It was early December and there was one more vehicle crash test scheduled before the holidays that was necessary to certify the SUV, which was due to launch in less than three months. A new shield design, material and tool had to be created and validated before that final vehicle crash test. GM engineers reviewed earlier crash test results and calculated loads and impact forces that the metallic design had experienced. Several additional CAE models were evaluated for additional load cases and inputs were used in a 6Ʃ Pugh matrix analysis to develop key metrics for materials evaluation. The new candidate would need to meet or exceed all federal safety regulations, including flammability requirements (FMVSS 302), and also meet GM’s total system cost targets.
Given the short timeframe, researchers screened six commercial structural sheet molding compound (SMC) grades reinforced with chopped fiberglass at fiber weight fractions (FWF) of 42-49 percent in vinyl ester/unsaturated polyester matrices and with specific gravity values of 1.5-1.9. Material was obtained, plaques were molded, standard test coupons were cut and materials were tested. Given the severity of the 30-degree offset-barrier test, materials showing high impact strength and puncture resistance on instrumented (Dynatup) impact tests were prioritized. During impact testing, the impactor fell at 6.6 m/s and tests were conducted at -40°, 23°, and 125°C. High glass loadings in the structural SMC grades made it difficult to maintain good wetout. When researchers examined broken samples by microscope, they found significant glass pullout from the matrix, but no broken glass. The 3Ʃ data spread was characterized as “noisy and wide” and didn’t provide required safety margins. Since there was no time to reformulate, researchers turned to different technology — glass-mat thermoplastic (GMT) composite.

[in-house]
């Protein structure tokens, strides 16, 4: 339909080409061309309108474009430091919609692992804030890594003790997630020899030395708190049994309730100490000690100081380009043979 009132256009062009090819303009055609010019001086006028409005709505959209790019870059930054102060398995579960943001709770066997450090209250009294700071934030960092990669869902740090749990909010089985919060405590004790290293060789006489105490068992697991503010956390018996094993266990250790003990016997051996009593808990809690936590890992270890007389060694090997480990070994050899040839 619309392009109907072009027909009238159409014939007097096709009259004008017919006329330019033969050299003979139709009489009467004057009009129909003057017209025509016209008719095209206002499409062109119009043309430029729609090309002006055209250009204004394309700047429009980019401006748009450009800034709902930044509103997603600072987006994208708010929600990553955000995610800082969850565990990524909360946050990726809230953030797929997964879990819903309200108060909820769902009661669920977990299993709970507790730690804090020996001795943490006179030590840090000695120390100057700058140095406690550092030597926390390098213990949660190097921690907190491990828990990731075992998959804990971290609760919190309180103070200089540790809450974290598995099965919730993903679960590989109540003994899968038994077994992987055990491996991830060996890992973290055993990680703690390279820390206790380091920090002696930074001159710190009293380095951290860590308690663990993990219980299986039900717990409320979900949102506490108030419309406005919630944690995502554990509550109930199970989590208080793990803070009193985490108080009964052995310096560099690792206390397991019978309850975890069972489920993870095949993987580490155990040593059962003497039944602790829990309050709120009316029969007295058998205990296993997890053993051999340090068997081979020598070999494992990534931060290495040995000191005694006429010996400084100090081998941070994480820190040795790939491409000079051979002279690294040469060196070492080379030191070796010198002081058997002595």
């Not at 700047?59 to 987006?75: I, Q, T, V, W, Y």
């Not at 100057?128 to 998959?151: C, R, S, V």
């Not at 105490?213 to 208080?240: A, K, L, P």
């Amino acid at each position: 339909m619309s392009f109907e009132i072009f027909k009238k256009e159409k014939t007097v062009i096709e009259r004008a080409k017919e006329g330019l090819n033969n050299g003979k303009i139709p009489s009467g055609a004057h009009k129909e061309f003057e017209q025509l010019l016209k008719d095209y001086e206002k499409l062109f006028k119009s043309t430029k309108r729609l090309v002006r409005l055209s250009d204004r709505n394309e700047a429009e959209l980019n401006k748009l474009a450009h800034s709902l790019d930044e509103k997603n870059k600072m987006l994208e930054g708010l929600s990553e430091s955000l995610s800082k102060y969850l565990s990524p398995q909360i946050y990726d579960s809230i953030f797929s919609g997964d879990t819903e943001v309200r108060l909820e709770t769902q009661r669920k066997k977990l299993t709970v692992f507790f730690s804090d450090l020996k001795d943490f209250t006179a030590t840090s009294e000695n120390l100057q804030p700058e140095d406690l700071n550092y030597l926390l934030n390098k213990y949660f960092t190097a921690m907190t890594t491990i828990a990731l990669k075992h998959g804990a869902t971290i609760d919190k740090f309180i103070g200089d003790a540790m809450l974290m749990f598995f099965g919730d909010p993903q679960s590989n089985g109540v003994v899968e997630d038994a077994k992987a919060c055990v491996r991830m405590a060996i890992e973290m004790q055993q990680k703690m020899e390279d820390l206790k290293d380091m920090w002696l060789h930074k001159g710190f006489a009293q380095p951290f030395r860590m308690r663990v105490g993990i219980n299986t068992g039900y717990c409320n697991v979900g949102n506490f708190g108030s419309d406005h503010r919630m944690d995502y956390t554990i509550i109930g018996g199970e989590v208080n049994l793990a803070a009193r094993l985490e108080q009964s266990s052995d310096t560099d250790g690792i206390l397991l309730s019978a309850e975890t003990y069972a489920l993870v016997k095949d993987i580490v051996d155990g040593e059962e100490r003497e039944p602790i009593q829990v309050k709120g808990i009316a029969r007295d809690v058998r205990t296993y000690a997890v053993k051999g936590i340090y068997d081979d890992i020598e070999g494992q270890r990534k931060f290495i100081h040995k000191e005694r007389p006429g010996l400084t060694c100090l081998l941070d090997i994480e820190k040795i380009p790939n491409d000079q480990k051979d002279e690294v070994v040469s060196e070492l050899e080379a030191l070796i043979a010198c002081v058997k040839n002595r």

Novel, not new
Three commercial grades of GMTex glass fabric-reinforced composite with a polypropylene matrix from Quadrant Plastic Composites AG (QPC, a group company of Mitsubishi Chemical, Lenzburg, Switzerland) were evaluated. The highest-performing grade was 4.3 millimeters thick and featured multiple layers of woven, oriented glass mats (4/1, 0/90 degrees) with a core of randomly oriented, 50-millimeter chopped glass. By integrating both woven and chopped fibers, the material provides a high-impact, consistent and homogeneous laminate, with an FWF of 61 percent. An intermediate grade was 3.0 millimeters thick and featured a woven glass fabric integrated with multiple layers of chopped glass, with an FWF of 40 percent. The third grade was 1.8 millimeters thick and combined woven fabric with chopped glass in a thinner laminate, with an FWF of 40 percent. Although fabric-reinforced GMT is not new, and has been used commercially in the automotive industry for decades, this was the first time that either GM or molder Continental Structural Plastics (CSP, a Teijin Group company, Auburn Hills, Mich., U.S.) had worked with these next-generation hybrid-mat GMT composites combining both fabrics and chopped glass mats.